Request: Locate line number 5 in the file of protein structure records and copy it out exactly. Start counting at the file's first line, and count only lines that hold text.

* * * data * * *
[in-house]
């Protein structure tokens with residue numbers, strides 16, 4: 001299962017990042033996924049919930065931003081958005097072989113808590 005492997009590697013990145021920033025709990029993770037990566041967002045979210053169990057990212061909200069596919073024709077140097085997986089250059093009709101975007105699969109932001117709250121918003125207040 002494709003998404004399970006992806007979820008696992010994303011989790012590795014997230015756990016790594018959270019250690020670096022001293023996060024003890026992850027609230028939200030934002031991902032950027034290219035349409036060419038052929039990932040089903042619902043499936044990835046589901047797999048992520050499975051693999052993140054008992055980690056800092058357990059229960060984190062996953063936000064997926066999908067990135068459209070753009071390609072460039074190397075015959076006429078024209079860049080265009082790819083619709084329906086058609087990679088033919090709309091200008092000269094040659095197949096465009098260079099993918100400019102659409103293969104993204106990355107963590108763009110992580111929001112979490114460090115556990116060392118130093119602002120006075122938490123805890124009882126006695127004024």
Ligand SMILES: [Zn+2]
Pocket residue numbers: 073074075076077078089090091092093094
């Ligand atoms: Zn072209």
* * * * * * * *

């Ligand atoms: Zn072209």